The commentary also leaves a lot to be desired; commentary in sports video games has always left something to be desired (and I'm a proud owner of the original Joe Montana Sports Talk Football for Genesis), but when I rented NFL 2K1 for Dreamcast earlier they seemed to have, by and large, gotten it right. So much commentary during my games is totally off-base, and I don't like being told penalty killing "has been a weak link" for my Red Wings when they've got the fifth best penalty kill in the league, simply because I'm first in everything else. I also don't like the fact that when I created myself in the game, the announcers kept referring to me as "Sean" when all the other players are called by their last names. (And while we're on the subject, when are they going to put female players in the Create-a-Player mode? Does the name Manon Rhaueme mean anything to you?) And the worst part is, I can think of the ways to make the commentary more natural and more realistic, and I know full well the developers could have put them in the game. But I guess I'm stuck waiting until later this year to see if NHL 2002 is better.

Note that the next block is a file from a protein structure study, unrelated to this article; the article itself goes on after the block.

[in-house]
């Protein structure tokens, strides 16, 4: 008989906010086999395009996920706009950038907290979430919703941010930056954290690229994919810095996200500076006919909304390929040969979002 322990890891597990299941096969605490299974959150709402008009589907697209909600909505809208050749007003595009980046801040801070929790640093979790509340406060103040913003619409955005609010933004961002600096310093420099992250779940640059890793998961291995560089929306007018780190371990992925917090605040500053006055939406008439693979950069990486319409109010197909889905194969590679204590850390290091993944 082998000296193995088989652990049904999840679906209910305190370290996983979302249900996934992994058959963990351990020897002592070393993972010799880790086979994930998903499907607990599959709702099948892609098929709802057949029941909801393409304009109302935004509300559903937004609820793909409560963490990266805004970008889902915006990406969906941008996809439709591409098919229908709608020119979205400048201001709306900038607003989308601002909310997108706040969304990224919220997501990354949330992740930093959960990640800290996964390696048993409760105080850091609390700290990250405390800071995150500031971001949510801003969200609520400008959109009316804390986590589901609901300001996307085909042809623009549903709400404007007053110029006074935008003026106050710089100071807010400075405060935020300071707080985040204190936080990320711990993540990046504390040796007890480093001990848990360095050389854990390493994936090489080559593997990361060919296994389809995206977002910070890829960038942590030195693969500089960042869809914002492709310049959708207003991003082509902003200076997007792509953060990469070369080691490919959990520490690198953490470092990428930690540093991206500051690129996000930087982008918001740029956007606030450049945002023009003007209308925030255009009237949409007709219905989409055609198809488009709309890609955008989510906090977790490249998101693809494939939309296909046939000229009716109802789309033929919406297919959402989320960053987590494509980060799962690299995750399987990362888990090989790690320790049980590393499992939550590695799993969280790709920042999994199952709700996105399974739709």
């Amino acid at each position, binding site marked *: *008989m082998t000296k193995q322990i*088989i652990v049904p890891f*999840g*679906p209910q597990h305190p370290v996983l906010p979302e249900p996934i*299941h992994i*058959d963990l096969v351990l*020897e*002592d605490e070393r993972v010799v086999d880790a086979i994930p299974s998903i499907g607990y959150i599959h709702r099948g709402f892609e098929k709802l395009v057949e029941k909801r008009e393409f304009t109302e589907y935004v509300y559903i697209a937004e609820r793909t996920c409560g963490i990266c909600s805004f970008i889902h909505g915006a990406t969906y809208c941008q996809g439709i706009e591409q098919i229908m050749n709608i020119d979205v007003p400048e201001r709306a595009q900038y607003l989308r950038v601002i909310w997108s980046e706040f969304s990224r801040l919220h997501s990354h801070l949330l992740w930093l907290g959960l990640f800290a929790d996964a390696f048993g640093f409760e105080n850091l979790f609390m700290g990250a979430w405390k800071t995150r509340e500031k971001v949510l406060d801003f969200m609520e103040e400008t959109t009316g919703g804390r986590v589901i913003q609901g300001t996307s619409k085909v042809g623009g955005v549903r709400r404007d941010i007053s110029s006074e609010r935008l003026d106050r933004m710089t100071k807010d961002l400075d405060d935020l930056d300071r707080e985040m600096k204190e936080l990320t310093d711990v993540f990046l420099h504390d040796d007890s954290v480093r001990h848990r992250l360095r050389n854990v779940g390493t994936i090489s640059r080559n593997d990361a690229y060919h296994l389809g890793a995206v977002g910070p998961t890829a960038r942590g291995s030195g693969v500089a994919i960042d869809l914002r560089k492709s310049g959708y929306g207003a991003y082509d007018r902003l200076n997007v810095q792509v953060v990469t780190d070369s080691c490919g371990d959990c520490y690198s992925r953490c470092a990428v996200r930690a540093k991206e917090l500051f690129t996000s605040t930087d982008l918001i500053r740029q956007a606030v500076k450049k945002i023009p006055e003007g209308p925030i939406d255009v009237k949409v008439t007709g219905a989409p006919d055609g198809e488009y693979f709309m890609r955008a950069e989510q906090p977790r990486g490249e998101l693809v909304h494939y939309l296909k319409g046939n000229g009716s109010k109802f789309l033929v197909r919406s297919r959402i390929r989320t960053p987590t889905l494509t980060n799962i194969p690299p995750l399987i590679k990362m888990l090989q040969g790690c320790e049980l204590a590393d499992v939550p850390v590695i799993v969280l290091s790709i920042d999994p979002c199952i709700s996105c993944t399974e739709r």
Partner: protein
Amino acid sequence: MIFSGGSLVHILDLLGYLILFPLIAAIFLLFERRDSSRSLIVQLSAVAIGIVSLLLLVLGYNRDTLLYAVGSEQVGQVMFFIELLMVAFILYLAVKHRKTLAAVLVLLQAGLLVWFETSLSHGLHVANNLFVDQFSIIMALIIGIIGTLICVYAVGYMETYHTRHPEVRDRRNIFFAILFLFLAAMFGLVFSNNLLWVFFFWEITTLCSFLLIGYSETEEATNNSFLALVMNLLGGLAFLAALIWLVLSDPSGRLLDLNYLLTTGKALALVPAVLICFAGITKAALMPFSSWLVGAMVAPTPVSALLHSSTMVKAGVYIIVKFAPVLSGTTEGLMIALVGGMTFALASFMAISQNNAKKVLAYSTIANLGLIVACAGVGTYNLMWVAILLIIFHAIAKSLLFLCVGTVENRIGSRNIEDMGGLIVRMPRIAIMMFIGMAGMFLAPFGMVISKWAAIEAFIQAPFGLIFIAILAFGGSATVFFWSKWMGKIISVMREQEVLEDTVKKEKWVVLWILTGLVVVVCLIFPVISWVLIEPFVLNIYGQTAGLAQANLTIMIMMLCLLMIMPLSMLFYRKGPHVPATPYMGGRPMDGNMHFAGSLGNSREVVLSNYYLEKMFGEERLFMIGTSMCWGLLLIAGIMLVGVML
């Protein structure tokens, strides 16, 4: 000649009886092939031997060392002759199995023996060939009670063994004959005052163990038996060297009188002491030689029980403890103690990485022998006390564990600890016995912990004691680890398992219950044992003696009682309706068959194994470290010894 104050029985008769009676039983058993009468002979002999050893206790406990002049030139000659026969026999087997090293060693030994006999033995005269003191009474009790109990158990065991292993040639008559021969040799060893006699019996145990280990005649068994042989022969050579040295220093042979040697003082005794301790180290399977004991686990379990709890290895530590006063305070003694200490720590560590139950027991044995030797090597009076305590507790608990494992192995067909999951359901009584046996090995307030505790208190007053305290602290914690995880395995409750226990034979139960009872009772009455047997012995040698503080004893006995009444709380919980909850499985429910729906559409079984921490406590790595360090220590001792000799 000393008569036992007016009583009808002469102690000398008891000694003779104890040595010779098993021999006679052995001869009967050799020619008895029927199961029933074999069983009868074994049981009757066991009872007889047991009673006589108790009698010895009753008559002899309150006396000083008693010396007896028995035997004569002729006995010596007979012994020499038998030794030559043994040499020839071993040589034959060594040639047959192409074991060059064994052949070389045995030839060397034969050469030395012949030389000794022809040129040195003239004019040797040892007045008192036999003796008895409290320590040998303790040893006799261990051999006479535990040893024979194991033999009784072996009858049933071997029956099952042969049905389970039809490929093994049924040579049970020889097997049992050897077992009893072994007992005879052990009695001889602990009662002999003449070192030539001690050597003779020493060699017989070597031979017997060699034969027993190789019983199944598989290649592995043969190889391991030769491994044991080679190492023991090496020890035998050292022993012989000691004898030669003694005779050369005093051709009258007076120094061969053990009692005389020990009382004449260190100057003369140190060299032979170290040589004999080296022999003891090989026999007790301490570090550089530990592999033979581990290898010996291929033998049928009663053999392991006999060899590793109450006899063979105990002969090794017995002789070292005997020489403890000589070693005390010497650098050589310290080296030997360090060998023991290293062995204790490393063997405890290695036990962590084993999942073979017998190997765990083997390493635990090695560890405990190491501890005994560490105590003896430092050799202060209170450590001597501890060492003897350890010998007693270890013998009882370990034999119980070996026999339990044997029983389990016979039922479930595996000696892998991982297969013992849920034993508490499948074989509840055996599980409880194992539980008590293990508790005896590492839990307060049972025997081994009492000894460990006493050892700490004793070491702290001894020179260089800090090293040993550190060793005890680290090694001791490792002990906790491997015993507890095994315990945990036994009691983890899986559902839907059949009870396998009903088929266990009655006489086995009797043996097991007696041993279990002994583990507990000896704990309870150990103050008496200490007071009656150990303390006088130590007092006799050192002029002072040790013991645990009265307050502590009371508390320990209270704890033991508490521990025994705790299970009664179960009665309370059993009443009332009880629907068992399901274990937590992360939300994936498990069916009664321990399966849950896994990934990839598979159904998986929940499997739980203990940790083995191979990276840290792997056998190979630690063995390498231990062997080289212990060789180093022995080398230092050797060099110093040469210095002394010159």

What I'd really like, though, since there is so much power in the Playstation 2 to be harnessed, is more localization. I'd really love it if either I could receive a disc, or else go online through the Playstation 2 and download the appropriate samples to my hard drive, to play a Red Wings game the way I see them on the air, with Ken Daniels on play-by-play, Mickey Redmond doing colour commentary, Budd Lynch doing the announcing at the Joe, Karen Newman singing the national anthem and such. And even music samples, with "Hey Hey Hockeytown" playing whenever the Wings net their first goal, or "What's Going On" playing whenever the ref makes a bad call against the Wings. (And that's another problem with NHL 2001 - I've seen the ref make too many penalty calls with his back turned away from the penalty.) And since I'm on a wish list right now, it'd also be nice if I could see lots of Little Caesars Pizza banners over the Joe (since the Red Wings, Little Caesars and the Tigers are all owned by Mike Ilitch), and other references to local companies.